HorizonSon Chillin' With My Peeps

    Oct 5, 2010
    Pacific NW
    We free range our birds and we have never, ever, given them supplemental calcium. Our eggshells have always been well formed and strong. There is a ton of calcium via bugs, plants and even water! NOT giving them municipal water would be at the top of my list as far as what to give, or not give, ANY of my livestock. Fortunately; we are on some yummy well water [​IMG]
  6. TajMahalChickens

    TajMahalChickens Chillin' With My Peeps

    Mar 22, 2010
    I give my hens as much feed as they want. They know when to stop (at least all mine do...)

    I haven't had a problem with thin egg shells, so I don't feed extra calcium. I also don't do any water supplement/ oyster shell/ vitamin supplement/salt supplement. Since mine free range (like yours) they are getting, in my opinion, much better stuff than any supplement can give then. As in humans, it is better to eat the real food than eat a vitamin pill.

    I do, however, some grit since I give them all types of food scraps and I want to make sure they can digest them all! Although I know that they can find their own grit if they are outside so I probably don't really need to.

    Agree with HEchicken - I would keep them inside or in an enclosed run until they get used to laying in the nestboxes. The worst thing is to get them into the habit of laying elsewhere - it is the hardest habit to break! I let my chicks get into that habit, so I had to keep them locked in for a week, and then only let them out at 3pm after most of them layed their eggs.

    Good luck!
  7. PunkinPeep

    PunkinPeep Chillin' With My Peeps

    Mar 31, 2009
    SouthEast Texas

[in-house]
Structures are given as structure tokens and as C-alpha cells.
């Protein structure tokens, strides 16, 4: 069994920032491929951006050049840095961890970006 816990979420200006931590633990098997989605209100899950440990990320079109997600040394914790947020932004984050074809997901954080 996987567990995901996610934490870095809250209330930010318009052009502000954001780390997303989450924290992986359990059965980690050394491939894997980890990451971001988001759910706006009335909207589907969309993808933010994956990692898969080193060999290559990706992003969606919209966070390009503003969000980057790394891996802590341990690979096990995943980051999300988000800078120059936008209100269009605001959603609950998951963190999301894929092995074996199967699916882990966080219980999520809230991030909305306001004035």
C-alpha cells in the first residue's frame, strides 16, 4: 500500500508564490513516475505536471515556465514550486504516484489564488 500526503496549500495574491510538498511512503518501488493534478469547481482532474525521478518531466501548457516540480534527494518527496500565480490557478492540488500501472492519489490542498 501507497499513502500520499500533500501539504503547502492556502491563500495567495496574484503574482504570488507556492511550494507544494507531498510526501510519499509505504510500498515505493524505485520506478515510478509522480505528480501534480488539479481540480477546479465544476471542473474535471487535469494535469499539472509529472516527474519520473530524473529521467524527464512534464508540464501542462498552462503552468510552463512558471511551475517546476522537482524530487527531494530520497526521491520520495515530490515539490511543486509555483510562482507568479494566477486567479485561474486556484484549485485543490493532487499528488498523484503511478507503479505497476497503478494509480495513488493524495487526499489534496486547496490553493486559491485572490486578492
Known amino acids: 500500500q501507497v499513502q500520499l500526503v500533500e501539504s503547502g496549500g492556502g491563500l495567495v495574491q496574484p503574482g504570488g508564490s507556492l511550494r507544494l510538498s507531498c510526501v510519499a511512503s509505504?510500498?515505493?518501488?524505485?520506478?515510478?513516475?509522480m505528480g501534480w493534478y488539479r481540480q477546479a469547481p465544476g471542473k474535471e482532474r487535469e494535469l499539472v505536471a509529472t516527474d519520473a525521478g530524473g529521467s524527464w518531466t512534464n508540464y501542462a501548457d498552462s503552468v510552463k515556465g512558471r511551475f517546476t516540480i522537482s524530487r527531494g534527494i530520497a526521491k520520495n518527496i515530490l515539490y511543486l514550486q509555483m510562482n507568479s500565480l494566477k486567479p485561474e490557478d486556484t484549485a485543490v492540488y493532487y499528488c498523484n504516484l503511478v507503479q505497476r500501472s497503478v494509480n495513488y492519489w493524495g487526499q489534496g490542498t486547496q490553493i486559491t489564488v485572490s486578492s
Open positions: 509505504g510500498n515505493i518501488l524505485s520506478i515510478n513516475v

My girls free range, and i have never had to give them a calcium supplement, though i do feed their egg shells back to them, just for efficiency. I've also never given them grit.

    Also, i second the idea to confine them for a few days to make sure they know where they're supposed to lay their eggs. Once they realize what those boxes are for and use them once or twice, you probably won't have a problem unless someone goes broody and hides her clutch.

    Oh yeah!
  8. mkearsley

    mkearsley Chillin' With My Peeps

    Jul 19, 2010
    South-west Idaho
    One of my girls liked to lay eggs everywhere! I think its because she was ticked I kept stealing her babies. So I put a golf ball in the next box & haven't had a problem with her again. The golf ball (or I've also heard of easter eggs) gives her the idea that she's being a good mommy by still having an egg in her nest (at least that's what I think).

    I also give them free access to a full feeder of layer crumbles all day long. They free range, and will eat the crumbles every now & again, although now that there's less natural food, they're eating more crumbles. I do supplement with oyster shells, but that's the only supplement they get, at it, too is free choice, so if they want it, they can get it.

    Would the girls need grit if they eat mostly crumbles? Every now & again I give them some, but I don't know if they actually eat it, since they've got access to soil....
  9. PunkinPeep

    PunkinPeep Chillin' With My Peeps

    Mar 31, 2009
    SouthEast Texas
    Quote:It kind of depends on your particular soil. At my house, i know there are rocks, and i see the rocks sometimes in my chickens' poop, so i know they are getting something hard. Just soil won't take the place of grit. Remember, it needs to be hard enough to act as teeth. So if they are eating anything other than crumbles/pellets, they need something. I think for most country folks, there's no need to worry. But if the soil your chickens have access to is a nicely manicured lawn without rocks, etc., then they might not be getting everything they need.